There is one fundamental rule for receiving antennas: It must be at least ¼-wave long at the lowest frequency you plan to use. Thus, if your lowest regular listening is on 3315 kHz, your wire should be 70 feet long - minimum. Obviously, the 5-foot whip antenna on your shortwave is just a bit too short. For much better performance, it shoud be ½ wave long on your lowerst frequency (a Zepp). Multiwire fan dipoles are best of all.

Let’s design a decent longwire antenna for general shortwave listening. We will want to listen down to 2500 kHz (2.5 MHz), then analyze its performance.

The formula for determining the ½ wave length of wire is: 468 ÷ f (MHz) = feet.

In our example, 2.5 MHz is our lowest frequency, therefore: 468 ÷ 2.5 = 187.2 feet of wire. That’s a lot more than most city lots can handle!

Okay, let’s say we’ll design it for 5 MHz, and be willing to accept slightly reduced performance down to 2.5: 468 ÷ 5 = 93.6 feet of wire. We can handle that.

Longwires are usually strung up something like this:


This arrangement keeps constant tension on the wire while allowing the tree to sway without breaking the wire.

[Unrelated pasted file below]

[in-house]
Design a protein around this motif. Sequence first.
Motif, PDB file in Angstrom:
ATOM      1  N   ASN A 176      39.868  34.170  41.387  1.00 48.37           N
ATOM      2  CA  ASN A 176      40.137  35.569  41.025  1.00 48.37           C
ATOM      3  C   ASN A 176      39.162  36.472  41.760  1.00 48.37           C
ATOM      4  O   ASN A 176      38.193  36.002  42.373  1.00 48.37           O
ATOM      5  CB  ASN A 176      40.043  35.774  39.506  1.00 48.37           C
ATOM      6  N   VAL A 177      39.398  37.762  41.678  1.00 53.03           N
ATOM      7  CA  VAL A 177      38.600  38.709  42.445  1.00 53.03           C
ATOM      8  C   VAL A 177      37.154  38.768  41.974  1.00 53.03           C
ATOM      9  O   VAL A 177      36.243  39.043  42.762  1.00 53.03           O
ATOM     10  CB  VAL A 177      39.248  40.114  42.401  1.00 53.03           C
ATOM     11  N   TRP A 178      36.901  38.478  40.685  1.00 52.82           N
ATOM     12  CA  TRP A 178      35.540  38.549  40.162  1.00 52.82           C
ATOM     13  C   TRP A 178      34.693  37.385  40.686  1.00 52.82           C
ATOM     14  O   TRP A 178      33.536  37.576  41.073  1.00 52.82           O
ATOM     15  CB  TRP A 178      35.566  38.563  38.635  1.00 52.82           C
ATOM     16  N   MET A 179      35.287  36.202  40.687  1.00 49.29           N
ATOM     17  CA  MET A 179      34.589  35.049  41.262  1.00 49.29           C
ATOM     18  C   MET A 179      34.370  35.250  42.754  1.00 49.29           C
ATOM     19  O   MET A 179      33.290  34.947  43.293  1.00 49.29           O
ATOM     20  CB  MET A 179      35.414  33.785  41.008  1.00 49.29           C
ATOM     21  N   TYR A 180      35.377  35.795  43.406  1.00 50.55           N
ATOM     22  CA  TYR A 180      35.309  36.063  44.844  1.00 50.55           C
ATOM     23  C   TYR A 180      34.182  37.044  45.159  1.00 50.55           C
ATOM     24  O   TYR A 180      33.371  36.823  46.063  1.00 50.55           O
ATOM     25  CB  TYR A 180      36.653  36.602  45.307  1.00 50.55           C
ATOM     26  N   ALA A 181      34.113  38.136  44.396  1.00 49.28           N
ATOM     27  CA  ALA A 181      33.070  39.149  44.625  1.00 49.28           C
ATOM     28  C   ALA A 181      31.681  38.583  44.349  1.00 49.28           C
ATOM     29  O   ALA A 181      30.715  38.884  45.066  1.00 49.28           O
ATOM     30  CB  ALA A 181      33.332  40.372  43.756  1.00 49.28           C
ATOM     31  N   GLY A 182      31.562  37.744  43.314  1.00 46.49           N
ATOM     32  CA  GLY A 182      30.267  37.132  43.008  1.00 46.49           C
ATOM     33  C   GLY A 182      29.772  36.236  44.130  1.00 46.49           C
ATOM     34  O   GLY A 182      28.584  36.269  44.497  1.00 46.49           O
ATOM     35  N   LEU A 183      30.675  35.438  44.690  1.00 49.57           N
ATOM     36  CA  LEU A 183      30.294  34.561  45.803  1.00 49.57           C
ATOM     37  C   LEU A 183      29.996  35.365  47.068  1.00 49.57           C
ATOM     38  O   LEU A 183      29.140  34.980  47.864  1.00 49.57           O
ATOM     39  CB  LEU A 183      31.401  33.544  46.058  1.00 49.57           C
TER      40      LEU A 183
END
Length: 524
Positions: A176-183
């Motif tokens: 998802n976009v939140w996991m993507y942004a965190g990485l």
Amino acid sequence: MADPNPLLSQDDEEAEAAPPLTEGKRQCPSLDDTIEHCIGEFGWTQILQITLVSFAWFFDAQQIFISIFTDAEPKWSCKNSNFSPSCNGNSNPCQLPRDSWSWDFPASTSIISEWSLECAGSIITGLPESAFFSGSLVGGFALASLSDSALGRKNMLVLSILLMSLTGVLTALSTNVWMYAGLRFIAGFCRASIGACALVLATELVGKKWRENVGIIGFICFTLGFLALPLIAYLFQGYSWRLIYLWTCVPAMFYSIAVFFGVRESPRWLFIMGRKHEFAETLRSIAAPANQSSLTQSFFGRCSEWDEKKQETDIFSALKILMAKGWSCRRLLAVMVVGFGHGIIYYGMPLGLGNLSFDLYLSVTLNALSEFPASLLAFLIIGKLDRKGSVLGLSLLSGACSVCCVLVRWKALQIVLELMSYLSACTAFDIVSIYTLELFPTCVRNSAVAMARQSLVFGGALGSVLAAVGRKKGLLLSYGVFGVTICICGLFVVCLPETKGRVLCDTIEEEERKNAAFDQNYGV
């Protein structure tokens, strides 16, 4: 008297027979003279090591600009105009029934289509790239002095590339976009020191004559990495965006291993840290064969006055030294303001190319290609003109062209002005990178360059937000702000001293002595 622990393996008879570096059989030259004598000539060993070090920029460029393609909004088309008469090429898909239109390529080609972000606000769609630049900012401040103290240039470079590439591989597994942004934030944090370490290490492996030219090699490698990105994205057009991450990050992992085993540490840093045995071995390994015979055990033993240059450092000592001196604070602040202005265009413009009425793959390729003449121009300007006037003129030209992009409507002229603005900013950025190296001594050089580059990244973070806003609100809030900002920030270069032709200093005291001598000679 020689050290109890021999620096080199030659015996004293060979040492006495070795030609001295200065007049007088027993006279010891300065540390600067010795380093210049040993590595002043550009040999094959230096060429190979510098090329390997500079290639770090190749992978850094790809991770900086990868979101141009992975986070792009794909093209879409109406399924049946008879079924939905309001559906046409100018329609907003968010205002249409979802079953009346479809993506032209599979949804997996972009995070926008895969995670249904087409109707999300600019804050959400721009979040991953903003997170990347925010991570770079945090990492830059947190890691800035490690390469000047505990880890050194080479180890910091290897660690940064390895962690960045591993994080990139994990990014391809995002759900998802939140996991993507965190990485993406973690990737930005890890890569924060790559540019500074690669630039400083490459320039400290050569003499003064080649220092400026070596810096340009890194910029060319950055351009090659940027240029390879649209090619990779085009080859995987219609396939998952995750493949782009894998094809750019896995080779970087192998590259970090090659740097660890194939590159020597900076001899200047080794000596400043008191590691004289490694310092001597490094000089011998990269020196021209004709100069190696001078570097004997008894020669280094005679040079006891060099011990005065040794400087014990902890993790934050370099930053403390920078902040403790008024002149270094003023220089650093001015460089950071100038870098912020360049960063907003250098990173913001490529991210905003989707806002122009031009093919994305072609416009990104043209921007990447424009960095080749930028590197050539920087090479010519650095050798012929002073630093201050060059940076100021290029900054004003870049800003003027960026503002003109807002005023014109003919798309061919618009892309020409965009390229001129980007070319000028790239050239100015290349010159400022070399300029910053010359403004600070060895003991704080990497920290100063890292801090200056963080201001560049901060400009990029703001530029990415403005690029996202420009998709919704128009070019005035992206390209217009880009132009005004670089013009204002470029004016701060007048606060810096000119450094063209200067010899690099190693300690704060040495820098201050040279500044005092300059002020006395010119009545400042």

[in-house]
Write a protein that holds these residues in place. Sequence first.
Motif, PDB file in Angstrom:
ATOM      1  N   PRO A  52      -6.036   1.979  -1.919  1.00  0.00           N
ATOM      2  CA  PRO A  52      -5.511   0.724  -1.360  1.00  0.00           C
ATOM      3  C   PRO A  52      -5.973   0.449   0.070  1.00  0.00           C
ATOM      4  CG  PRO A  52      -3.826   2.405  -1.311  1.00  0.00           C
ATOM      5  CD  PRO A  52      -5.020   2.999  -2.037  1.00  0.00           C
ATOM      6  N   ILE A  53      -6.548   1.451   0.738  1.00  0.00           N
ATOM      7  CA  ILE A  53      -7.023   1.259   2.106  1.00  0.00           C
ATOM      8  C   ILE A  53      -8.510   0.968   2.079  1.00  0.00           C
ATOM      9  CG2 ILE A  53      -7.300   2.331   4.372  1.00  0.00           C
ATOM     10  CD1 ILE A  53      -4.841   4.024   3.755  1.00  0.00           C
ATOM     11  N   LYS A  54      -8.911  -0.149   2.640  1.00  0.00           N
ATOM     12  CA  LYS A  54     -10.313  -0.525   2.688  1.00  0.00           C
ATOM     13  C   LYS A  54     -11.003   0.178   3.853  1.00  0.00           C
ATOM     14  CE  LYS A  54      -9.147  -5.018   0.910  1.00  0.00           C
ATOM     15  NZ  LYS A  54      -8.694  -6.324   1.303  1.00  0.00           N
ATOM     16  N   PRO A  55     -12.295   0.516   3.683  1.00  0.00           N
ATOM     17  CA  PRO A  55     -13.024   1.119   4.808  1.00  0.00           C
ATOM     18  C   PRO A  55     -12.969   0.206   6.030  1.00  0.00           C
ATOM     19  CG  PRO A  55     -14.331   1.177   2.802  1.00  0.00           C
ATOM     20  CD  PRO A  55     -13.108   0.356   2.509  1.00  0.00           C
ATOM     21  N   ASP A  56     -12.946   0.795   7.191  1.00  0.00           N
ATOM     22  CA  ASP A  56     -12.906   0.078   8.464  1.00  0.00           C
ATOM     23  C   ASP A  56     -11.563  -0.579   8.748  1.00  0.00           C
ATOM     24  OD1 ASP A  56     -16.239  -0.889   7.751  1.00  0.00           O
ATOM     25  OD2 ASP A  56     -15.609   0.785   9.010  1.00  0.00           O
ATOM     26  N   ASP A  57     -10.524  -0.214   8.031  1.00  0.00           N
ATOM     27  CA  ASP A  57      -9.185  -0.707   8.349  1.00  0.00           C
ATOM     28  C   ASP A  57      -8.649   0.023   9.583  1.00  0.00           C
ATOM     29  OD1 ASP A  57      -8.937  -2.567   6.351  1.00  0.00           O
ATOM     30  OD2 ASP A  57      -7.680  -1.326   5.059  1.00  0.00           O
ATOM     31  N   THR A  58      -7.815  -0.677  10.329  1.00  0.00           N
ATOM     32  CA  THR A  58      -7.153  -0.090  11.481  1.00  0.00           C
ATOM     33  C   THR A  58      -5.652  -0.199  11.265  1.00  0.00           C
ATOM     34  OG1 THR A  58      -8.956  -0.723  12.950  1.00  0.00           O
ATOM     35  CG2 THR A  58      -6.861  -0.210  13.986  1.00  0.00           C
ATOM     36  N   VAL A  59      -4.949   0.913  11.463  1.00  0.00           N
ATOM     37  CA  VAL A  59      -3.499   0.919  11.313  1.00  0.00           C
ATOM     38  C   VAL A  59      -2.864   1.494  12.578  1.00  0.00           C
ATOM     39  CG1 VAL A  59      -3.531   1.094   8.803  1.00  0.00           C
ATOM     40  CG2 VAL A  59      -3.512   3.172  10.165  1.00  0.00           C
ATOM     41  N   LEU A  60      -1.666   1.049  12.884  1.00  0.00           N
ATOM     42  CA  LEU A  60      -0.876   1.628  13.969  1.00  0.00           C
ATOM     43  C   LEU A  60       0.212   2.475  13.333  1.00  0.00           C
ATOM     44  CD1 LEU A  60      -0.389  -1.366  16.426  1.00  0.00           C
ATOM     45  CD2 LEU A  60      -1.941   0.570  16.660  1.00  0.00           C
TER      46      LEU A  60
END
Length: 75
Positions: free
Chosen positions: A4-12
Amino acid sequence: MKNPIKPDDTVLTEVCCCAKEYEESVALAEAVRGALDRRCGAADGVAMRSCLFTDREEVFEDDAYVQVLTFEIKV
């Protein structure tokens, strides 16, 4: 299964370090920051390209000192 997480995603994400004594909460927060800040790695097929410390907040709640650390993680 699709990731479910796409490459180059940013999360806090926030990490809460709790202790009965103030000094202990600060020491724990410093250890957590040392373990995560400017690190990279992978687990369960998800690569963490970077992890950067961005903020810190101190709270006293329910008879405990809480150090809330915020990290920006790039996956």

Electrical suppliers carry 500-foot rolls of #14 stranded THHN wire (about $50). Electricians frequently have scraps and partial rolls. Farm supply stores carry #17 aluminum fence wire (about $15 for ¼-mile roll). Any wire will do — but some will last longer than others. Stranded, insulated wire (#14 THHN) works well.

Classic Longwire Installation

This page details the installation of a relatively safe, good-performing, long-lasting shortwave antenna. The #1 rule is: Where you scrimp on quality is where it will eventually break!

Yes, you can simply hang a wire out the window. But experience shows that a properly installed antenna that is mechanically and electrically sound, and a properly grounded radio, will consistently yield better performance and reliability. It really is worth the extra effort to use good materials, solder, and weather-proofing.

Wires should be insulated, stranded #18 - #14. A jack may be soldered on to plug into your radio. If the radio has no external antenna jack, solder an alligator clip to the antenna wire and clip it to the telescopic whip.

Which Direction Is Best?

Usually, directly away from overhead power lines.